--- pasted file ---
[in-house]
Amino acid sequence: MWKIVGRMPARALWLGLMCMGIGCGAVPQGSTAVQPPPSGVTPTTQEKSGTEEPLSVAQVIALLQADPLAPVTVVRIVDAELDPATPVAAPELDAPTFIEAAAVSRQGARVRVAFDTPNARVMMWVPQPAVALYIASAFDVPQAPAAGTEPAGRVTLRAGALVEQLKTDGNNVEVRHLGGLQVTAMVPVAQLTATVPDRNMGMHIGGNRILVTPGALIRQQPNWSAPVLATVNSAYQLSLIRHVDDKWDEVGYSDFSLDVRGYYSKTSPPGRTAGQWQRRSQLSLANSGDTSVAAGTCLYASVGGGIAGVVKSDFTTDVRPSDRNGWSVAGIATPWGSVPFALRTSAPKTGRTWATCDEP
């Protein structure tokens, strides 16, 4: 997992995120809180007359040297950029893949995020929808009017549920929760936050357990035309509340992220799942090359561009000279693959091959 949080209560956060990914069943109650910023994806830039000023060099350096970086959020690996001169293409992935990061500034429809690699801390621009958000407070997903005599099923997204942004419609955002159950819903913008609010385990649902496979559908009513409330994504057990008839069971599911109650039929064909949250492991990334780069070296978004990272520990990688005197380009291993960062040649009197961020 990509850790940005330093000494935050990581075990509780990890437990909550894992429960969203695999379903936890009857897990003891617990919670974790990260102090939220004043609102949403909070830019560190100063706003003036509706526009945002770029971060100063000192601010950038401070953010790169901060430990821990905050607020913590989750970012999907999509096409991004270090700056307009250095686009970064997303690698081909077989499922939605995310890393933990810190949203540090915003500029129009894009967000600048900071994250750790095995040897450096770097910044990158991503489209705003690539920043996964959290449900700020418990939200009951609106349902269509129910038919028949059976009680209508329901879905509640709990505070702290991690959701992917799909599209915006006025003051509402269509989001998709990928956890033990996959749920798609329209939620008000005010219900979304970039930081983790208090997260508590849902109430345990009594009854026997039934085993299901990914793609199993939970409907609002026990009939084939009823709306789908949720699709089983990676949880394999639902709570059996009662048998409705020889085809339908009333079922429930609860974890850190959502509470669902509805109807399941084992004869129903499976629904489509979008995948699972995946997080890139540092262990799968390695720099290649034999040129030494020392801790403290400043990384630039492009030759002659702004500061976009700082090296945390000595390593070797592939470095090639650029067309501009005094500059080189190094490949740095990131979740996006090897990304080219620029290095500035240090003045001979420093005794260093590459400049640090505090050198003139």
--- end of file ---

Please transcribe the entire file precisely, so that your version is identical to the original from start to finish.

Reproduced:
[in-house]
Amino acid sequence: MWKIVGRMPARALWLGLMCMGIGCGAVPQGSTAVQPPPSGVTPTTQEKSGTEEPLSVAQVIALLQADPLAPVTVVRIVDAELDPATPVAAPELDAPTFIEAAAVSRQGARVRVAFDTPNARVMMWVPQPAVALYIASAFDVPQAPAAGTEPAGRVTLRAGALVEQLKTDGNNVEVRHLGGLQVTAMVPVAQLTATVPDRNMGMHIGGNRILVTPGALIRQQPNWSAPVLATVNSAYQLSLIRHVDDKWDEVGYSDFSLDVRGYYSKTSPPGRTAGQWQRRSQLSLANSGDTSVAAGTCLYASVGGGIAGVVKSDFTTDVRPSDRNGWSVAGIATPWGSVPFALRTSAPKTGRTWATCDEP
């Protein structure tokens, strides 16, 4: 997992995120809180007359040297950029893949995020929808009017549920929760936050357990035309509340992220799942090359561009000279693959091959 949080209560956060990914069943109650910023994806830039000023060099350096970086959020690996001169293409992935990061500034429809690699801390621009958000407070997903005599099923997204942004419609955002159950819903913008609010385990649902496979559908009513409330994504057990008839069971599911109650039929064909949250492991990334780069070296978004990272520990990688005197380009291993960062040649009197961020 990509850790940005330093000494935050990581075990509780990890437990909550894992429960969203695999379903936890009857897990003891617990919670974790990260102090939220004043609102949403909070830019560190100063706003003036509706526009945002770029971060100063000192601010950038401070953010790169901060430990821990905050607020913590989750970012999907999509096409991004270090700056307009250095686009970064997303690698081909077989499922939605995310890393933990810190949203540090915003500029129009894009967000600048900071994250750790095995040897450096770097910044990158991503489209705003690539920043996964959290449900700020418990939200009951609106349902269509129910038919028949059976009680209508329901879905509640709990505070702290991690959701992917799909599209915006006025003051509402269509989001998709990928956890033990996959749920798609329209939620008000005010219900979304970039930081983790208090997260508590849902109430345990009594009854026997039934085993299901990914793609199993939970409907609002026990009939084939009823709306789908949720699709089983990676949880394999639902709570059996009662048998409705020889085809339908009333079922429930609860974890850190959502509470669902509805109807399941084992004869129903499976629904489509979008995948699972995946997080890139540092262990799968390695720099290649034999040129030494020392801790403290400043990384630039492009030759002659702004500061976009700082090296945390000595390593070797592939470095090639650029067309501009005094500059080189190094490949740095990131979740996006090897990304080219620029290095500035240090003045001979420093005794260093590459400049640090505090050198003139």